Get into books by reading about 'Ugly Animals'
For some children engaging with books does not come naturally and they can become reluctant readers. You might not have ever considered non-fiction books for children, but these are an alternative way to excite and re-engage these reluctant readers.
Non-fiction books are great because you can choose books that focus on topics like dinosaurs or bugs that you know your child is interested in, this instantly adds to the appeal and readability of the book.
This year the Children’s Book Council of Australia have shortlisted a cracker of a non-fiction book, Sami Bayly’s, The Illustrated Encyclopaedia of Ugly Animals. This book sums up all the best things about junior non-fiction book and is sure to get even the most reluctant reader pouring over the pages and exclaiming over the “ugly” illustrations.
For parents and carers one of the best things about non-fiction is that you can engage with it in different ways depending on the age of your child. For young children you might just talk about the pictures and for older children you can help them read some fun facts or ask them to find out more information.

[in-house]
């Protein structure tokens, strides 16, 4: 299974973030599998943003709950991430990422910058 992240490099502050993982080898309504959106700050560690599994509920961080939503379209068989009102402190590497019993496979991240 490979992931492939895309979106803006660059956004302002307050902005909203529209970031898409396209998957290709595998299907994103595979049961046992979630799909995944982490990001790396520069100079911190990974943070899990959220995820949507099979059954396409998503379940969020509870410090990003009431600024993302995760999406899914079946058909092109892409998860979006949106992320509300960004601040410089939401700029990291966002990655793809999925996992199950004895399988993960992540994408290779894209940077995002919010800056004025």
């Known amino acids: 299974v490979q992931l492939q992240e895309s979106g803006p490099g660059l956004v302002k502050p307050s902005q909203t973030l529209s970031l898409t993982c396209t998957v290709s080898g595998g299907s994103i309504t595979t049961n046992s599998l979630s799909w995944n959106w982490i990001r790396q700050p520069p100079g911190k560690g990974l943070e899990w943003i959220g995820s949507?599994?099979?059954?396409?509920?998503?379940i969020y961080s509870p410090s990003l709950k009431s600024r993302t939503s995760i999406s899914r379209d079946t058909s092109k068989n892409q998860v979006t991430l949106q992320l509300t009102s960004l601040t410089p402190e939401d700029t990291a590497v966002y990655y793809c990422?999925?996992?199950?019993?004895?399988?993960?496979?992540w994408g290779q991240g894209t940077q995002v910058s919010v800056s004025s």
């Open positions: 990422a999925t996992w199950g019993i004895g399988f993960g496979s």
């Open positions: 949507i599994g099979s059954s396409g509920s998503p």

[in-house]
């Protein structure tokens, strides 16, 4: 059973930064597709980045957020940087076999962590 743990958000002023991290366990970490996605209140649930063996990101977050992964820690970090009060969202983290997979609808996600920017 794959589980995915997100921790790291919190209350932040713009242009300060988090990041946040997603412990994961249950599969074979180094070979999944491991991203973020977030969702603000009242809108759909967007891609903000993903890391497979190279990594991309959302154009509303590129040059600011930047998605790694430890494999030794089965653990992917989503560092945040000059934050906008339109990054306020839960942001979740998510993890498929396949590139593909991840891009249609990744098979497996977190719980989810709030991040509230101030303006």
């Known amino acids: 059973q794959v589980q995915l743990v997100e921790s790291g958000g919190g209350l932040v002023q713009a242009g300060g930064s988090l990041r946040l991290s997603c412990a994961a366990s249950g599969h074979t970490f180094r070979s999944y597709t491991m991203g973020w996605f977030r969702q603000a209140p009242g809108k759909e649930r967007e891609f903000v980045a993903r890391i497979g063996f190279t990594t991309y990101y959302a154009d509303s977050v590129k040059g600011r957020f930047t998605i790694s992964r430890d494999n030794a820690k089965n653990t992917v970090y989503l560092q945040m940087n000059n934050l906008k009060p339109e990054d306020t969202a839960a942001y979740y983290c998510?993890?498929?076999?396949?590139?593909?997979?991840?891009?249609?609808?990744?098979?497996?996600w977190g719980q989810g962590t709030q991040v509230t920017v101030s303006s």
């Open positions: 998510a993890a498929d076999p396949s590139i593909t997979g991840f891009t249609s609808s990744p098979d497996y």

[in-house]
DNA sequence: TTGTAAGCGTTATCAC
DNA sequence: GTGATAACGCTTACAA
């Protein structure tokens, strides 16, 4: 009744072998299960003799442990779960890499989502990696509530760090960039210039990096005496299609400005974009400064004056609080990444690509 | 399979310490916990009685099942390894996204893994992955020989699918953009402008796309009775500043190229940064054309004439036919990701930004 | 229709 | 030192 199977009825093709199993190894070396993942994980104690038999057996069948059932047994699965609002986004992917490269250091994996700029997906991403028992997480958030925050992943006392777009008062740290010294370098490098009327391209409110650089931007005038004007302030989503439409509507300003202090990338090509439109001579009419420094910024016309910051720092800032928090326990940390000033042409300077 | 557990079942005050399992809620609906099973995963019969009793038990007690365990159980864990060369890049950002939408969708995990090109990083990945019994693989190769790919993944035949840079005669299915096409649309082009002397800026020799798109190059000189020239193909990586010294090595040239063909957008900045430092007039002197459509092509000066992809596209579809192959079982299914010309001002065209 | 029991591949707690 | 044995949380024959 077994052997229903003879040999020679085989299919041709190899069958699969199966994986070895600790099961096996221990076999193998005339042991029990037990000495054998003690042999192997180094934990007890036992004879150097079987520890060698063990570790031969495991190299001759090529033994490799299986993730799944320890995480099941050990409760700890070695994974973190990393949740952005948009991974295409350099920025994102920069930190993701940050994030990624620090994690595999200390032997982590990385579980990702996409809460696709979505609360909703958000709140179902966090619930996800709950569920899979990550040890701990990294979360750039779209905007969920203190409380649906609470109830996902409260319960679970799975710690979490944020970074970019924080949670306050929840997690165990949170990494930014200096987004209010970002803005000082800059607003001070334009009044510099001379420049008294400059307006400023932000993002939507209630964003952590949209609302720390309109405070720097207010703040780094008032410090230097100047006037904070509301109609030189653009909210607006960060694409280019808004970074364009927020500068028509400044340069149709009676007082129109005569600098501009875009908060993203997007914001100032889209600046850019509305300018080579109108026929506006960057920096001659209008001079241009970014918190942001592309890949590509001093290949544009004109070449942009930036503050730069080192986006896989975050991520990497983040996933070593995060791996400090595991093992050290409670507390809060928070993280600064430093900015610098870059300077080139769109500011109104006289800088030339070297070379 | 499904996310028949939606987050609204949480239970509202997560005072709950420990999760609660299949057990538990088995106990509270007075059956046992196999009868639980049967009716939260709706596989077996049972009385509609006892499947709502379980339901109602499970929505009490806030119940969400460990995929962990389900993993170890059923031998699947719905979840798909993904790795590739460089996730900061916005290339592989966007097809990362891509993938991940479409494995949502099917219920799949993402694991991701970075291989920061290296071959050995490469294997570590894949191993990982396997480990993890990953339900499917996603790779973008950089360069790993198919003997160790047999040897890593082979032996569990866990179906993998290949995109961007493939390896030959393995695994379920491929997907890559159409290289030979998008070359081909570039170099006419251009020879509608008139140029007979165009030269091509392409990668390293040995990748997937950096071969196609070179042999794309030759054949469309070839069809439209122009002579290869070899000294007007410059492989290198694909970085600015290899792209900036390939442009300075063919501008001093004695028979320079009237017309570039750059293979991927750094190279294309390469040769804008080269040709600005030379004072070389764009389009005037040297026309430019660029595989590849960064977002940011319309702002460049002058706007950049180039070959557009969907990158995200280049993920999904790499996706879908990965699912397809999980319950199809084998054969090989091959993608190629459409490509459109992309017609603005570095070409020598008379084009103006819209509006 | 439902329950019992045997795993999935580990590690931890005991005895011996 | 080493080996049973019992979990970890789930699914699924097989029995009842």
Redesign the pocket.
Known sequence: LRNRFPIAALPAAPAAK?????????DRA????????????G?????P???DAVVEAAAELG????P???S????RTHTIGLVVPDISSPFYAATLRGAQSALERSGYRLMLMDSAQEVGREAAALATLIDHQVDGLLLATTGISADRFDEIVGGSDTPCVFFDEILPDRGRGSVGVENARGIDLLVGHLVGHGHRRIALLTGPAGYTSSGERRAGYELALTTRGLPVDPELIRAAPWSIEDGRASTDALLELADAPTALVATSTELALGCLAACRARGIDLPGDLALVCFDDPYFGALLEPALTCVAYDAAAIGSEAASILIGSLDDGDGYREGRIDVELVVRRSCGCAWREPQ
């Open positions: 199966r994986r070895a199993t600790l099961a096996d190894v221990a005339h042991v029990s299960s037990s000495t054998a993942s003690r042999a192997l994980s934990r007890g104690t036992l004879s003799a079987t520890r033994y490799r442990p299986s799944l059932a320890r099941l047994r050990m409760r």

“The Illustrated Encyclopaedia of Ugly Animals” features 60 detailed illustrations of weird, wonderful and very ugly animals that will fascinate both children and adults alike. These scientific illustrations are great conversation starters and easily draw children in. For children who are detail orientated, each animal featured has information on conservation status, description, diet habits and fun facts. Did you know that a Naked Mole Rat will often eat another’s poo? What child wouldn’t find this information fascinating or hilarious?
For those children that are into the statistics and details, there are facts and figures for each species and visual guides for size and scale.
Although this book did not win, it’s sure to win the hearts of many children.
Here are some other options for fact finding reading that could spark an interest to read further:
Searching for Cicadas, Lesley Gibbes and Judy Watson
National Geographic Magazines
Guinness World Records (any year – it doesn’t worry young children)
Dinosaur Atlas, Anne Rooney and James Gilleard
Bugs A to Z, Caroline Lawnton